- Web linking – links with typed relations
- /.well-known/ – a standard prefix and registry for well-known location documents.
- host-meta – a method for associating descriptors with resources using links.
- XRD – an extensible XML format for describing resources.
Discovery, simply put, is the process in which machines learn about how to interact with other machines. When discussing discovery, most people immediately think of a world in which servers find new unknown services and they all just connect and work – like magic. This might be where we are trying to go but it is not what the discussion around discovery is about. Discovery does not answer the request ‘teach me how to talk to you’ but instead ‘which of the languages I know do you understand?’.
Deciding which tools to use for answering the questions listed in the introduction to this guide should be made based on who is asking them, not what is the easiest way to deliver the answer. Since discovery isn’t applicable when the questions are asked by people alone (it is a machine process after all), we are left with two possibilities: machines-only or people-and-machines. It is easy to identify when the questions are asked by machines-only, but much more difficult when the questions are asked by people and machines alike.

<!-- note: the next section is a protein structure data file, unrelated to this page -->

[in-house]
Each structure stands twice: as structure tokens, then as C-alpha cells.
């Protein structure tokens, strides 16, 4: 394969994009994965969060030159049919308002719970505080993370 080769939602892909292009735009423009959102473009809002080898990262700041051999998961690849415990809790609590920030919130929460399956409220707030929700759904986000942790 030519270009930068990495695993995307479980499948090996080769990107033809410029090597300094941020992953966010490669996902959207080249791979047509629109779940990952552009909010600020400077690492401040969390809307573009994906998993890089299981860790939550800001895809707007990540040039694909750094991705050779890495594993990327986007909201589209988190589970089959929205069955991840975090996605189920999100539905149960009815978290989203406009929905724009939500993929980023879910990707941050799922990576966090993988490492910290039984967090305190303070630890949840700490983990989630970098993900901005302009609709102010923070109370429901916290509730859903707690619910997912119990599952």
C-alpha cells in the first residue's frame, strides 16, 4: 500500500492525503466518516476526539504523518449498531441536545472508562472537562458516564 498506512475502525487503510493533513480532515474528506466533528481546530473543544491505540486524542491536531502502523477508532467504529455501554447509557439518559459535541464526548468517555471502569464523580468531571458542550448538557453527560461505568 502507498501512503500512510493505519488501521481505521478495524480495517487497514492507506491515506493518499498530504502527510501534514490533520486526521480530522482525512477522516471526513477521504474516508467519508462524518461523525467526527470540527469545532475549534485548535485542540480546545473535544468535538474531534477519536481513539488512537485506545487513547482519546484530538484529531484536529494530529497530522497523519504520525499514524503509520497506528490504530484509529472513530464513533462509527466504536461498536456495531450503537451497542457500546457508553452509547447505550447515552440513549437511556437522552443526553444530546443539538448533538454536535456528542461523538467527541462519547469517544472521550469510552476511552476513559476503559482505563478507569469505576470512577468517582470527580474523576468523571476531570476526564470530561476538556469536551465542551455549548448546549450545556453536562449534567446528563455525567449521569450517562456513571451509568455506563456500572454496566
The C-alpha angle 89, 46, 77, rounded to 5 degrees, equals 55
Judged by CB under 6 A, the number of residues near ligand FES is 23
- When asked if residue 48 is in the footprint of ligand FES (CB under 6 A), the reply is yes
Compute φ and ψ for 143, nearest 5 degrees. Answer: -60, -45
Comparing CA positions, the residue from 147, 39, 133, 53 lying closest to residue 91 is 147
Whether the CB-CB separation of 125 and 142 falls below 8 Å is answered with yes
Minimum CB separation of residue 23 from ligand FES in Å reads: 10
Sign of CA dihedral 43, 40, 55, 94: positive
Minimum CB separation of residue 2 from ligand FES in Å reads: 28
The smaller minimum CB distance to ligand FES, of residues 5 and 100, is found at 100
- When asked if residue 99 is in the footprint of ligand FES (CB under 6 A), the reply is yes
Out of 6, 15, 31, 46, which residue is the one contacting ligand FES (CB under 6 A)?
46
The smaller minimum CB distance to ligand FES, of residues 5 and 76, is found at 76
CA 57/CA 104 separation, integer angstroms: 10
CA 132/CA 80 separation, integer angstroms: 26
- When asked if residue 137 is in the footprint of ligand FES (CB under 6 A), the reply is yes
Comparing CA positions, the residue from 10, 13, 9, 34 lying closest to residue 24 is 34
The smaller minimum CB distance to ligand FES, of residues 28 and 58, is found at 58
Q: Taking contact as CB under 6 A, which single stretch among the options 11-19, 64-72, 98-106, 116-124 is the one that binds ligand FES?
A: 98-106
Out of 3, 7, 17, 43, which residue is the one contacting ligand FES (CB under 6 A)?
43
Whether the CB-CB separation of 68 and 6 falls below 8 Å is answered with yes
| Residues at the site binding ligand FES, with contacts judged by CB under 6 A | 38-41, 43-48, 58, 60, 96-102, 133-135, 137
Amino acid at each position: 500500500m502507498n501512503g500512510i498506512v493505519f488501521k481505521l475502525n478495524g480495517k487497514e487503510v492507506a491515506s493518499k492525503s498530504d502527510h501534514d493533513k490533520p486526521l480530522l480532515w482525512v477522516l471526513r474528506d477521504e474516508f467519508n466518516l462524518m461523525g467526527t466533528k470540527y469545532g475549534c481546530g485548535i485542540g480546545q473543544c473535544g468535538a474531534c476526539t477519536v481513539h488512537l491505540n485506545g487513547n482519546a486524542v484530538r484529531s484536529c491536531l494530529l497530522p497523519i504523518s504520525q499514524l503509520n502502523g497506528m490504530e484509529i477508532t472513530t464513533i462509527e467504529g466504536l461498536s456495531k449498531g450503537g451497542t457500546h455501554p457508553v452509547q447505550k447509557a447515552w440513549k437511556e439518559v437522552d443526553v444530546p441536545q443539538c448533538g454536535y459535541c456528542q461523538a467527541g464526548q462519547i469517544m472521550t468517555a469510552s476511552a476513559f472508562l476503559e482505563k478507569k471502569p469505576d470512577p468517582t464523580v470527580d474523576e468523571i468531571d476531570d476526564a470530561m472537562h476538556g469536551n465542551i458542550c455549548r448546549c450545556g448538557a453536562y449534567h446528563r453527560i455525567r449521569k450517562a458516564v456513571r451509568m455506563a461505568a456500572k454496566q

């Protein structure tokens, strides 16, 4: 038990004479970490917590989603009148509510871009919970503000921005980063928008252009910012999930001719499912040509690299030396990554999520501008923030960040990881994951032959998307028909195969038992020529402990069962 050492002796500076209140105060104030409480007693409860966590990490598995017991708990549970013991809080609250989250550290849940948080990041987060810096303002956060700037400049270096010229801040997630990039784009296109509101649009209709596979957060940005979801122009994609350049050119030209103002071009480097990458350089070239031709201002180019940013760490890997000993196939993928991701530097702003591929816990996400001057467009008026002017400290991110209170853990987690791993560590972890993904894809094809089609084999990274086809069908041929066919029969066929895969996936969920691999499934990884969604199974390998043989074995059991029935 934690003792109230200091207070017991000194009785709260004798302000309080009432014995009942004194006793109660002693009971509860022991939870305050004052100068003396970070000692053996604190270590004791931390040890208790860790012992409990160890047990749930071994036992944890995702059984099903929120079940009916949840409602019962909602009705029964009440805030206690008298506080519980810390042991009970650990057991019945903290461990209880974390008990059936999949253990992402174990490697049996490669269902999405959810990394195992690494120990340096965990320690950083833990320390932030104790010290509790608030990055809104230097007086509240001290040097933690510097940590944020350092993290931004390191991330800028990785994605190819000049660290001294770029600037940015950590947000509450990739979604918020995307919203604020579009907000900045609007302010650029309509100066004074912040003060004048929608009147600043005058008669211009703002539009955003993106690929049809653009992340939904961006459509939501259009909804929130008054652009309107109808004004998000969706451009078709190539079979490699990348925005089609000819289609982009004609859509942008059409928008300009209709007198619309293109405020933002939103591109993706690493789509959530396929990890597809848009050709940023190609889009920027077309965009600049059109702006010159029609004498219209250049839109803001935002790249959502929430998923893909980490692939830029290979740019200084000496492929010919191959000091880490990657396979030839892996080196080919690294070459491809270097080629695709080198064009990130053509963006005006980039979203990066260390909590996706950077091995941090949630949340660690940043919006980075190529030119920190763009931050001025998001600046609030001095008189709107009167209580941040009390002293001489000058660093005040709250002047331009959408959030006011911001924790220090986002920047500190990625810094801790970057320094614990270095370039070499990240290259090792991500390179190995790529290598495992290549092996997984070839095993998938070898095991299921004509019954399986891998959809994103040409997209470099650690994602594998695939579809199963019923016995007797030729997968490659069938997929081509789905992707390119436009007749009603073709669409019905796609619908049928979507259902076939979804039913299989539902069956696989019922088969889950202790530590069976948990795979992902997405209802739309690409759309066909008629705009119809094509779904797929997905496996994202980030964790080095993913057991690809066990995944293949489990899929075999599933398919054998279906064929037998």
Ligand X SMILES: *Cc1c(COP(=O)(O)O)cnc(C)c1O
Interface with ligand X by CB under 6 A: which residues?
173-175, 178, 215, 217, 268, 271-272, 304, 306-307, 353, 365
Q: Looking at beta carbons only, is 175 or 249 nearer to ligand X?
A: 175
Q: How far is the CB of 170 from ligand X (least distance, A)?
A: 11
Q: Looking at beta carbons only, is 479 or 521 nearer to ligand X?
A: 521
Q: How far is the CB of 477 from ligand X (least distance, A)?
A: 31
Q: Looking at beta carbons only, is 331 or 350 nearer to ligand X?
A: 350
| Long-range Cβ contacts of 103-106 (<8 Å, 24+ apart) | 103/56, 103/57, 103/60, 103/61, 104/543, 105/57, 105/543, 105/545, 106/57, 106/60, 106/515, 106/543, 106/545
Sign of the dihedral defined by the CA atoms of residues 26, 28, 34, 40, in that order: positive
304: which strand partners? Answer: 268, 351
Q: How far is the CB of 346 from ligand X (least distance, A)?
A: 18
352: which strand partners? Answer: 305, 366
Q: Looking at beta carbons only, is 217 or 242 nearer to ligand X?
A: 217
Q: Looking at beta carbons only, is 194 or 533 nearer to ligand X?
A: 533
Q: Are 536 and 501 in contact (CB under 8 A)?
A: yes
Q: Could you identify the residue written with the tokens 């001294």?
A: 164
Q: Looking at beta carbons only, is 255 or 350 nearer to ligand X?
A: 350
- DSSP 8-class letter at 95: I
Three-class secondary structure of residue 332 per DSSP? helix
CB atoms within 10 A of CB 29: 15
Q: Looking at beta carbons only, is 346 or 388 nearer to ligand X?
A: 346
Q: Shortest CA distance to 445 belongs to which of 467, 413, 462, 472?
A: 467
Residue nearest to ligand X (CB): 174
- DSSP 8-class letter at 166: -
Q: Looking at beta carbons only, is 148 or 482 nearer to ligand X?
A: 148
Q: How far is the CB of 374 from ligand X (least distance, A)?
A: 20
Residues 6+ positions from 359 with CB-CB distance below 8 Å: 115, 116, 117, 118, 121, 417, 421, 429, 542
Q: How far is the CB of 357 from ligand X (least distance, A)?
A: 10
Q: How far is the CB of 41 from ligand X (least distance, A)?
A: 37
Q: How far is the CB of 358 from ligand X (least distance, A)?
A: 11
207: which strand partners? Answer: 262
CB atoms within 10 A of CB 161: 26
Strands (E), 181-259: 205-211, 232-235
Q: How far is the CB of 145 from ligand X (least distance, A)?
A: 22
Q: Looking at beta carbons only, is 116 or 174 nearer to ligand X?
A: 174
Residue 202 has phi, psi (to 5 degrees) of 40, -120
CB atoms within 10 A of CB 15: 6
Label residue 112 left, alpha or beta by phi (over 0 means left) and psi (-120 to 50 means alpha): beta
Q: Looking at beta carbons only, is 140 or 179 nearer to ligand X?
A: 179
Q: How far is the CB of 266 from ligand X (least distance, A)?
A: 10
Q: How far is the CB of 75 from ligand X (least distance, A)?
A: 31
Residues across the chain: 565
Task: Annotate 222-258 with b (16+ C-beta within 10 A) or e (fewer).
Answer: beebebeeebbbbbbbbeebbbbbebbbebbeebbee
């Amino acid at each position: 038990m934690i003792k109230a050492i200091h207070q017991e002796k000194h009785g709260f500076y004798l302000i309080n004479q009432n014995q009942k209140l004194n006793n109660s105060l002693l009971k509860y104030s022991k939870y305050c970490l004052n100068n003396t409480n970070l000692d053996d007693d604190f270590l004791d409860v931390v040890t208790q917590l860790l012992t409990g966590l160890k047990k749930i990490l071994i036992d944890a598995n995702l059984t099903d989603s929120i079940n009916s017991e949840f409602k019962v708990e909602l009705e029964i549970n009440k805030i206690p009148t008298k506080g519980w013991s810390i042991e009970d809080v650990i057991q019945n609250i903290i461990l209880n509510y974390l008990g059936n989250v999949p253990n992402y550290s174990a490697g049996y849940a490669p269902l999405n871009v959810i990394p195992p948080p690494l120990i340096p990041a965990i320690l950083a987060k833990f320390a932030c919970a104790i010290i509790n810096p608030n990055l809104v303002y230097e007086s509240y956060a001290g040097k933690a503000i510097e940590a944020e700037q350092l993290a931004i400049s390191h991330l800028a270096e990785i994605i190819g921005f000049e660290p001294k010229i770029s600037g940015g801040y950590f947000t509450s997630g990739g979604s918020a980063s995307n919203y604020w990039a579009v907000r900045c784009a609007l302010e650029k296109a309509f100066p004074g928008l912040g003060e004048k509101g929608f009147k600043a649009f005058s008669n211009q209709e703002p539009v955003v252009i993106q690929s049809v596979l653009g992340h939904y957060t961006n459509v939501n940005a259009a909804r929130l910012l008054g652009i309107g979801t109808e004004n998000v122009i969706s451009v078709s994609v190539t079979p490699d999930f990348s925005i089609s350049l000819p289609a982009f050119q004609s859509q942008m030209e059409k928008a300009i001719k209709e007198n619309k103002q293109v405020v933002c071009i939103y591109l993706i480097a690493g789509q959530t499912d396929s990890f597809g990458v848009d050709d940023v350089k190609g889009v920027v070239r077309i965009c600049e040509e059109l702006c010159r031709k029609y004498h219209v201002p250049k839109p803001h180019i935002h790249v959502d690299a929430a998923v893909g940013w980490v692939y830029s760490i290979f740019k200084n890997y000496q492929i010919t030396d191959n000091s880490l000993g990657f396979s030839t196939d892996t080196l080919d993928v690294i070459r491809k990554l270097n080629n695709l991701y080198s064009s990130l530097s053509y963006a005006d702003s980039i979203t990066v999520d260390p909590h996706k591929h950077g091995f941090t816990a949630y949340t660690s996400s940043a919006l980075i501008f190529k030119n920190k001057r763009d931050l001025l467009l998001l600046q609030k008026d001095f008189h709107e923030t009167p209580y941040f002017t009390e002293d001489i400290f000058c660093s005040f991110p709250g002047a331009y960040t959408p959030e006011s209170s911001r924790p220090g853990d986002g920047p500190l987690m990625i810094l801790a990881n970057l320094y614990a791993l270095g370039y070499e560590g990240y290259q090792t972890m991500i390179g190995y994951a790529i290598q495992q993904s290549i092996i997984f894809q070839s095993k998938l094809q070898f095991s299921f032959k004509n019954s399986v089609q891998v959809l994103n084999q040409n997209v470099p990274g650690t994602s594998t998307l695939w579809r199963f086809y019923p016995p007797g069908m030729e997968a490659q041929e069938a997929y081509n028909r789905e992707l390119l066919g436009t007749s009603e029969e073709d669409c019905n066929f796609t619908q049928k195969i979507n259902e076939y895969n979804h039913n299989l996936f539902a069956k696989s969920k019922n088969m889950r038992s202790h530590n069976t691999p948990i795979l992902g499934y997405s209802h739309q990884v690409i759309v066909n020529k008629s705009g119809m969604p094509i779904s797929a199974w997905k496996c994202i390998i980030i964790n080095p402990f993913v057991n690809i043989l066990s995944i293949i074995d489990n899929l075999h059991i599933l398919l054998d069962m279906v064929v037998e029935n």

For most people the idea of a URI identifier sounds confusing but if you think about your favorite web provider (usually one of the big players: Yahoo!, MSN, AOL, and Google) where you get email, use an instant messenger, share photos, and participate in other activities, they all offer you some form of a profile page. That page already has some useful information about you and can be enhanced to become your online business card for both people and services.